Buffalo Soldiers: History & Facts

8. Buffalo Soldiers: History & Facts

African-Americans have fought in military conflicts since 1777. However, the Buffalo Soldiers, compromised of former slaves, freemen, and black Civil War soldiers, were the first to serve during peacetime.

Cherokee Removal: Timeline & History

9. Cherokee Removal: Timeline & History

Beginning in the 1820s, white expansionists required more land. The Cherokee Indians held a valuable piece of territory in Georgia. Learn how the federal government removed the Cherokee to make way for white expansion.

Chief Joseph the Elder of the Nez Perce: History & Facts

10. Chief Joseph the Elder of the Nez Perce: History & Facts

In this lesson we explore Chief Joseph the Elder. Born as Tuekakas, the mid-19th century Nez Perce chief originally promoted peace with the white American settlers.

Chief Joseph the Younger: Information & Surrender

11. Chief Joseph the Younger: Information & Surrender

In this lesson we explore Chief Joseph the Younger. A Nez Perce Native American chieftain in the mid-nineteenth century, Joseph the Younger became famous for leading his tribe for more than 1,000 miles while fleeing the U.S. army.

Chinook: Facts, History & Religion

12. Chinook: Facts, History & Religion

The Chinook are a group of North American Indians from Washington and Oregon. Learn how the Columbia River and Pacific Ocean shaped their society, what ceremonies were important to them, and what happened when they met American explorers Lewis and Clark.

Compromise of 1877: Definition, Summary & Results

13. Compromise of 1877: Definition, Summary & Results

Political deals between parties have become commonplace in American politics. In 1877, one such political bargain resolved a disputed election, ended Reconstruction, and changed the fate of recently freed African Americans. Develop an understanding of the Compromise of 1877 and test your knowledge with a short quiz.

Conestoga Wagon: Facts & History

14. Conestoga Wagon: Facts & History

In this lesson we will learn about what the Conestoga wagon was. We will take a closer look at what the wagon was used for and how it was important here in the United States of America.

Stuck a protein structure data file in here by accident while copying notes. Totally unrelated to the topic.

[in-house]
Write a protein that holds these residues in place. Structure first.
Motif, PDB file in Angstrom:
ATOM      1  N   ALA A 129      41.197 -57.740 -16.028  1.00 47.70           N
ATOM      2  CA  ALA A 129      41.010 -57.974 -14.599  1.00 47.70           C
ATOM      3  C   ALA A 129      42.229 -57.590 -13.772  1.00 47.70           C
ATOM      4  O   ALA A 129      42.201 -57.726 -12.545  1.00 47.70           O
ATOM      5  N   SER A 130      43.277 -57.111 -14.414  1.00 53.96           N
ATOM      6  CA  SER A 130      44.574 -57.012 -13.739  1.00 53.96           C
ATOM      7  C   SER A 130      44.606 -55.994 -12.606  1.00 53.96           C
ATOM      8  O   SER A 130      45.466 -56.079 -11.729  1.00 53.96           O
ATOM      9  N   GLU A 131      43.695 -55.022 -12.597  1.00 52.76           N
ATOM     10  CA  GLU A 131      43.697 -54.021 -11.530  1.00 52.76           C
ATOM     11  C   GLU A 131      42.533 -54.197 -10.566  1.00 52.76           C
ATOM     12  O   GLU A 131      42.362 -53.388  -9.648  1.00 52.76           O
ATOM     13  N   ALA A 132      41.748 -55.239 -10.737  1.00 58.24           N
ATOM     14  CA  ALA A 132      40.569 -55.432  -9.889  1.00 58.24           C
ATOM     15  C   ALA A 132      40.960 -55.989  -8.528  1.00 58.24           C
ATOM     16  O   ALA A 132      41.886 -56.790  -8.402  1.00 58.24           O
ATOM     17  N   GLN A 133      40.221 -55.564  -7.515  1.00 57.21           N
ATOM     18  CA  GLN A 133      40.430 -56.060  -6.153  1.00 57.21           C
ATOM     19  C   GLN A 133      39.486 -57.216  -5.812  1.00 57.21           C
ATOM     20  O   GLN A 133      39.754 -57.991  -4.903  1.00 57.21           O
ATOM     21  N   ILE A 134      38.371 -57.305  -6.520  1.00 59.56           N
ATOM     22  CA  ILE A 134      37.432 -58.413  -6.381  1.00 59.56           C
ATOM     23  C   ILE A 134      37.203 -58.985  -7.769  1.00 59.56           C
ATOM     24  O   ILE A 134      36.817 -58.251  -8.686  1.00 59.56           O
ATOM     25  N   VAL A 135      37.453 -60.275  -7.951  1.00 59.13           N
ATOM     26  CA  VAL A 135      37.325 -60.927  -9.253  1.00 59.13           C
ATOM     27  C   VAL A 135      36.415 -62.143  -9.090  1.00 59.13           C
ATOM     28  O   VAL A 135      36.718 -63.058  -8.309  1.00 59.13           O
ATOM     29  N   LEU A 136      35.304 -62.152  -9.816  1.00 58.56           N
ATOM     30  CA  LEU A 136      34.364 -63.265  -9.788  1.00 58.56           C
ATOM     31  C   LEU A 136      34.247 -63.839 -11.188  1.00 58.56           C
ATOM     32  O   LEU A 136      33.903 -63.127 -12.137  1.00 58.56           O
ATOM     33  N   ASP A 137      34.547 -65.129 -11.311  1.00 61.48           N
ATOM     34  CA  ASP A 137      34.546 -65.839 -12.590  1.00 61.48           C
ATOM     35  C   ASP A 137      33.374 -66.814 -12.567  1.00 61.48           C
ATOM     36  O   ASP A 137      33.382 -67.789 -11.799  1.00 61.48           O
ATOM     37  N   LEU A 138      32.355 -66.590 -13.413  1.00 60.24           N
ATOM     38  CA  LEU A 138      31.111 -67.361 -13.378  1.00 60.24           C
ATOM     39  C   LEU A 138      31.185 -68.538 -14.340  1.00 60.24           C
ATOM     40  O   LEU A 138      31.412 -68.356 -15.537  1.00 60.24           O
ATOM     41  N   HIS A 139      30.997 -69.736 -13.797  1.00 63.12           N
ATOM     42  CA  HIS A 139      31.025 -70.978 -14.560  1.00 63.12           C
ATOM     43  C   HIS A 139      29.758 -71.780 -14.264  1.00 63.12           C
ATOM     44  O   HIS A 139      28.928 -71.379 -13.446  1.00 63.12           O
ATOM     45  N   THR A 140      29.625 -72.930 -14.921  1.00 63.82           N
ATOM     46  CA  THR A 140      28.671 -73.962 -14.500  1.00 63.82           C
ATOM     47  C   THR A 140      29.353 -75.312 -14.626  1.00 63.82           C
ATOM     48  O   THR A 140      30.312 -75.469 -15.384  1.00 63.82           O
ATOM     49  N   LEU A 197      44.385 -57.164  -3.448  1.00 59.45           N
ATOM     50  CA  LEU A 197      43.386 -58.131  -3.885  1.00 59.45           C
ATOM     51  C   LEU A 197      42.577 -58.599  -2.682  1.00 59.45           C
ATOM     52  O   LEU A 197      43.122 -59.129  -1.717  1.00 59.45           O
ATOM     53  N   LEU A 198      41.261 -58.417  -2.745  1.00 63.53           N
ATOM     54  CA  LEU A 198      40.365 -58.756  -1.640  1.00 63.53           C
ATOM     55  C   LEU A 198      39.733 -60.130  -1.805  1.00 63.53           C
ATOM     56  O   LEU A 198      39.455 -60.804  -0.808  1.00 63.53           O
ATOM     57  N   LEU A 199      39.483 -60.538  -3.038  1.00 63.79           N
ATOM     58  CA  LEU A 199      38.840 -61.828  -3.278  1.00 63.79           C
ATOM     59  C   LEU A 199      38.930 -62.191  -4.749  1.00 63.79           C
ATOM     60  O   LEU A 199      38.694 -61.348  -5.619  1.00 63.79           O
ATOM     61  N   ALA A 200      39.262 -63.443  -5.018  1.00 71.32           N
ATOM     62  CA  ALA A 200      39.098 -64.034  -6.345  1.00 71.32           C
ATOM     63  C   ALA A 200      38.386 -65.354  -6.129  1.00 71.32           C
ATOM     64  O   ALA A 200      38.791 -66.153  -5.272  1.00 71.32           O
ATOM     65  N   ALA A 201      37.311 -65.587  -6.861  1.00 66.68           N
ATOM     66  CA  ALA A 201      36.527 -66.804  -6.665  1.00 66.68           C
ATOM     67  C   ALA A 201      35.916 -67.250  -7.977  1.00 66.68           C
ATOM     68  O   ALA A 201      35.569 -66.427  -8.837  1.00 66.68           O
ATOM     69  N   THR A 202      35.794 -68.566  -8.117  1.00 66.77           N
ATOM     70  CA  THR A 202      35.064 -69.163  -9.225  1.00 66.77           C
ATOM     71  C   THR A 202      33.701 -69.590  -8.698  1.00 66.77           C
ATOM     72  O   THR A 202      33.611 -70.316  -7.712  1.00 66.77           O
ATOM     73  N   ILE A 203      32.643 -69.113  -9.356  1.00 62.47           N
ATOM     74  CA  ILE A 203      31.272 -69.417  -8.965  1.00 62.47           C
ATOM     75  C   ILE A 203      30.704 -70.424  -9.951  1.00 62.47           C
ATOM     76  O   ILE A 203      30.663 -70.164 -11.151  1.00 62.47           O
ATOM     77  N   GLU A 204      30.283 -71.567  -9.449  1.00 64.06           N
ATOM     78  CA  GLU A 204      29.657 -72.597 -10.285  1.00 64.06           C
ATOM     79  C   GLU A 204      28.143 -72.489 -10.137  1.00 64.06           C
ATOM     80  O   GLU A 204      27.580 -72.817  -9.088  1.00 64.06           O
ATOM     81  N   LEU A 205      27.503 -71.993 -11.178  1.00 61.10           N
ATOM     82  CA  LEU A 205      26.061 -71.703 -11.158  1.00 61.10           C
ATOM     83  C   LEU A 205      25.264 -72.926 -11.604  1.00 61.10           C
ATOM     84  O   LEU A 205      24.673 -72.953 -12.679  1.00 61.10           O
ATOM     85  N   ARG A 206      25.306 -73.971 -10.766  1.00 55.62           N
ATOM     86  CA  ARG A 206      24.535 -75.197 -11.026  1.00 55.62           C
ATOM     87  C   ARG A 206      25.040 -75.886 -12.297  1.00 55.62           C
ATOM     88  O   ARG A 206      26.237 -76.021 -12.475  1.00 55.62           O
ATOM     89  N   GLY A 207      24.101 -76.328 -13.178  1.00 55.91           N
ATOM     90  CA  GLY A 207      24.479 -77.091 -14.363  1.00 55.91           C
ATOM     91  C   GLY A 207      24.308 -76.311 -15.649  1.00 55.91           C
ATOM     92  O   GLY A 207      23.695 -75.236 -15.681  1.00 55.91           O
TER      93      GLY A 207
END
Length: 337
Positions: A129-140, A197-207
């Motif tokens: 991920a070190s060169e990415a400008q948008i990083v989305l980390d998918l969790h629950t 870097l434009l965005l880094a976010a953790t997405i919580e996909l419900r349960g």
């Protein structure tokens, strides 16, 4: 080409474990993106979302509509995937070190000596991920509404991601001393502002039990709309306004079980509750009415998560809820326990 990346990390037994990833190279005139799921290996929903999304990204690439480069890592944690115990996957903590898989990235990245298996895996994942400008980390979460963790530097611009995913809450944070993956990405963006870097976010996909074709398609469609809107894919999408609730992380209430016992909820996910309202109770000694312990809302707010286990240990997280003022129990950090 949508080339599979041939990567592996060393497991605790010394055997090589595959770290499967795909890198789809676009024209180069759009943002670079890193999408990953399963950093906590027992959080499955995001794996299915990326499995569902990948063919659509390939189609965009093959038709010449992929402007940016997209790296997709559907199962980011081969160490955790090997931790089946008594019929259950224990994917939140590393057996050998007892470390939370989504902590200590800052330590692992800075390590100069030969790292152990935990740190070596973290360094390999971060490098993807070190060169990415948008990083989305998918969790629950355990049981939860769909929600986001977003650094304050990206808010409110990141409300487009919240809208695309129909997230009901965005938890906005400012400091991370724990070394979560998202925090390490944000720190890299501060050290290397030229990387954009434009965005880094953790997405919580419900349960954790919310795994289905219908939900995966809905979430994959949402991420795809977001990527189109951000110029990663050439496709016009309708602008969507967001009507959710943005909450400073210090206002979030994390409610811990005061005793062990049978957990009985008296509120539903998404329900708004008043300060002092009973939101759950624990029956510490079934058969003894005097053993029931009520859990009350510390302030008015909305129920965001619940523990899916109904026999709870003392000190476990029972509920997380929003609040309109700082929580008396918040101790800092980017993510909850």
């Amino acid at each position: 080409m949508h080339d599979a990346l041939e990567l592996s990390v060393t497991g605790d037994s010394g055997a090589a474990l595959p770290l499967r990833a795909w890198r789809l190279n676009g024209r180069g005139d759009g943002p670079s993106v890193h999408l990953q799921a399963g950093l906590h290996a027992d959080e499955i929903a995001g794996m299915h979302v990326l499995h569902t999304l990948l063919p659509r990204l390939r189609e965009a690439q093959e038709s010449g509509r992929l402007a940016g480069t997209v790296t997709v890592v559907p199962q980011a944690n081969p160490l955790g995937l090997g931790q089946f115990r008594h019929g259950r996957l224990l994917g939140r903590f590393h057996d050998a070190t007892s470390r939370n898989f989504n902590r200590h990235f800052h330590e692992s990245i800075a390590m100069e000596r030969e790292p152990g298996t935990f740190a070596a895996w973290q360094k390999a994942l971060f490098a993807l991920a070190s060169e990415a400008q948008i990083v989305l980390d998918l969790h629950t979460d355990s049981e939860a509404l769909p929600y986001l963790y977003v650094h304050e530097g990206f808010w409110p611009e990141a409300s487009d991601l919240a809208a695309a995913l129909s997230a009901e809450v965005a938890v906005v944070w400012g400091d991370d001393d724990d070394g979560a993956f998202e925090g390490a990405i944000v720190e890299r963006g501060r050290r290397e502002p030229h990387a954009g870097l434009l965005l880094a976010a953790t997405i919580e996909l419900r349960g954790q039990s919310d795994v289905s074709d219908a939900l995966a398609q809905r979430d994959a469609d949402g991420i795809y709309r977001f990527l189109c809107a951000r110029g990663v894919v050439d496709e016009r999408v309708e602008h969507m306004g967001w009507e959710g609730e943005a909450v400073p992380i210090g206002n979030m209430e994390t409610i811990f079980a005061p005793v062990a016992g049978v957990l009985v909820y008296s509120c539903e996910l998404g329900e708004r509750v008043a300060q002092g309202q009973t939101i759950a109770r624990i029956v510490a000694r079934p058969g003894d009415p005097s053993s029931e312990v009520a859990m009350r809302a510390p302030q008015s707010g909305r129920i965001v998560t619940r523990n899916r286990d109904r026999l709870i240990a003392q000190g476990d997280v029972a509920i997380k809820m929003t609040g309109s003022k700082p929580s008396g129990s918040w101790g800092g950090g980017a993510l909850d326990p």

Elevators: Invention, Design, Parts & Types

15. Elevators: Invention, Design, Parts & Types

Elevators have enabled us to build upward thousands of feet, revolutionizing floor plans and habitable spaces. In this lesson, learn about the invention of the elevator, the nuts and bolts of the design, and different elevator types.

Ghost Dance at Wounded Knee: Definition & Ceremony

16. Ghost Dance at Wounded Knee: Definition & Ceremony

Native American tribes often gather for large prayer ceremonies with dancing and feasts. In this lesson, we'll talk about the Ghost Dance, which was one of these prayer ceremonies, and its importance in the Wounded Knee Massacre.

Teddy Roosevelt's Rough Riders: Definition & San Juan Hill

17. Teddy Roosevelt's Rough Riders: Definition & San Juan Hill

The Rough Riders were a diverse group of volunteer cavalry soldiers who served during the Spanish-American War in 1898. The men were led by the tireless Teddy Roosevelt (1858-1919) and are best known for their overwhelming victory at San Juan Hill in Cuba.

Chapter Practice Exam
Test your knowledge of this chapter with a 30 question practice chapter exam.
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Practice Final Exam
Test your knowledge of the entire course with a 50 question practice final exam.